Ad Fraud: The Multibillion-Dollar Cybercrime CISOs Might Overlook

The practice became significantly more widespread when the scammers began leveraging networked bots to create fake clicks on sites they own or ads they've paid for, and now also encompasses hidden ads, targeting ad networks which measure views not clicks; click hijacking, when the fraudster redirects a click from one ad to another; and fake apps, which look like and are labeled as legitimate apps. These techniques are often used simultaneously to victimize companies, making the fight against ad fraud even more complex, says Luke Taylor, the chief operating officer of adtech security company TrafficGuard, which coauthored the report with Juniper. So Tayler believes that at the very least, CISOs should use lessons from the cybersecurity world to encourage their employers to become more engaged with the ad fraud challenge. A lot of ad fraud is based on making fake traffic look real, and the way that fraudsters do that is by stealing traffic logs to mimic them and create authentic-looking but fake traffic. CISOs, Taylor says, should be protecting their logs from cybercriminals the way they protect financial data.

Tech Conference Diversity: Time to Get Real

Some tech conferences provide non-traditional amenities such as sessions geared towards women (72%), a mothers' room (56%), a conference hosted meetup (28%), on-site daycare (17%) or a childcare stipend (11%). According to Classon, childcare stipends tend to be offered to people to encourage attendance, although they should also be offered to speakers who have not been offered a speaker stipend. "Part of the industry's problem is that organizers look at providing amenities, like a designated mothers' room or childcare stipend, as an extra bonus of their event when these should have been looked at as table stakes to level the playing field for more women," said Classon. "The same argument can be made for religious observances and the need for designated spaces for worship at weeklong or multi-day conferences." Tech conferences also tend to suffer from design bias as evidenced by the use of stools and chairs on stage that can make wearing a dress or skirt uncomfortable for the speaker and the audience. "Replacing bar stools with chairs that are lower to the ground makes it more comfortable for everybody, frankly," said Classon. "Organizers should also consider swapping out the common clip-on microphone that is difficult to attach to women's clothing for a headset that can rest behind the speaker's ear."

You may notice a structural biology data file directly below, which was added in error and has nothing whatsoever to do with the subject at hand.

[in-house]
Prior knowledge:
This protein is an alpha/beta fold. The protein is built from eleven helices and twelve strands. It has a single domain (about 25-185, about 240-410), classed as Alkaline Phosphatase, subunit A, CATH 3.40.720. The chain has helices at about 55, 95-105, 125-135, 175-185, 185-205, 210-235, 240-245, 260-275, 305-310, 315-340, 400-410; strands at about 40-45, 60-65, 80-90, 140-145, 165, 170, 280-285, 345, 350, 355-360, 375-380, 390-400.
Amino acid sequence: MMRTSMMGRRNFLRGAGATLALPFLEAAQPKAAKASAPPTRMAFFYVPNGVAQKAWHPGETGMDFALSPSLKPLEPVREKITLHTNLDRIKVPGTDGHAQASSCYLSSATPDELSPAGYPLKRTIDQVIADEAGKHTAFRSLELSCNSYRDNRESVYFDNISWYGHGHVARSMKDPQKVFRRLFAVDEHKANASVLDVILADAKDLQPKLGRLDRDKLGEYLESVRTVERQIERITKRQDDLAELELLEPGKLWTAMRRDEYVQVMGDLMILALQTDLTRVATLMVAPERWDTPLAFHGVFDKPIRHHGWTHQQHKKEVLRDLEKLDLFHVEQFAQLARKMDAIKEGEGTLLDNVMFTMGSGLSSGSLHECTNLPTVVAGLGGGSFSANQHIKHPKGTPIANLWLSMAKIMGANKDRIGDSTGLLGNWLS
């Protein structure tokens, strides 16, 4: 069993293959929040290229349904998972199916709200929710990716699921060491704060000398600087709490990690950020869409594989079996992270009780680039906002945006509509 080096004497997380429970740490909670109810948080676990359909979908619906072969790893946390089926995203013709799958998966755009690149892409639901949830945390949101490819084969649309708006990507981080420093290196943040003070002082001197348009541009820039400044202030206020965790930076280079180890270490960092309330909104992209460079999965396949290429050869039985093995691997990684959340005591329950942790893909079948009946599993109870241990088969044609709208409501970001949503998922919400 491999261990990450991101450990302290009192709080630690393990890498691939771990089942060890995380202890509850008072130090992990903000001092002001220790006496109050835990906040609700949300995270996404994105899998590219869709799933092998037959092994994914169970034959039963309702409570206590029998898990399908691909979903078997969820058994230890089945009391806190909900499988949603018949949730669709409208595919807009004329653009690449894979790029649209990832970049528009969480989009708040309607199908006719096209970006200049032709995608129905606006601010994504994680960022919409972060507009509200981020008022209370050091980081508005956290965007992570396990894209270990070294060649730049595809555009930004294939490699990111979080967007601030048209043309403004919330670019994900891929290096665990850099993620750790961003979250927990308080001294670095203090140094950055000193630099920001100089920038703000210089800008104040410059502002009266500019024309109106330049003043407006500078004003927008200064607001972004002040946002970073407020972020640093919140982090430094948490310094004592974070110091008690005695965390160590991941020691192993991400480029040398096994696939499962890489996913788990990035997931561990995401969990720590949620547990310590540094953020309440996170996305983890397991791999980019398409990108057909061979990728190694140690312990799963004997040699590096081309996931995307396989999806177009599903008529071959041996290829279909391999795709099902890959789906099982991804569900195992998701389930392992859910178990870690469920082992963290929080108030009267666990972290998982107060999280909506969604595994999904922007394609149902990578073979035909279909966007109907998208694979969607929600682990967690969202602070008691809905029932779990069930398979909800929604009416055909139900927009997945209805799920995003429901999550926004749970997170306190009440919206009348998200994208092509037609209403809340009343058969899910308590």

Portland becomes first city to ban companies from using facial recognition software in public

"This is the first of its kind legislation in the nation, and I believe in the world. This is truly a historic day for the city of Portland." Debate over facial recognition software continues to rage after a summer of high-profile news related to the technology. Amazon, IBM, and other major tech companies decided in June to put a moratorium on all police department use of facial recognition software after years of studies showing almost all of the available tools have high error rates and specifically cannot identify the faces of people with darker skin. Later that same month, the ACLU revealed that it was representing a man from Detroit who was arrested in front of his wife and kids based on a mistake by the Detroit Police Department's facial recognition software. Just a day later, US Senators Ed Markey and Jeff Merkley announced the Facial Recognition and Biometric Technology Moratorium Act, which they said resulted from a growing body of research that "points to systematic inaccuracy and bias issues in biometric technologies which pose disproportionate risks to non-white individuals." As with the other recent developments related to facial recognition, experts both praised and criticized the Portland ban.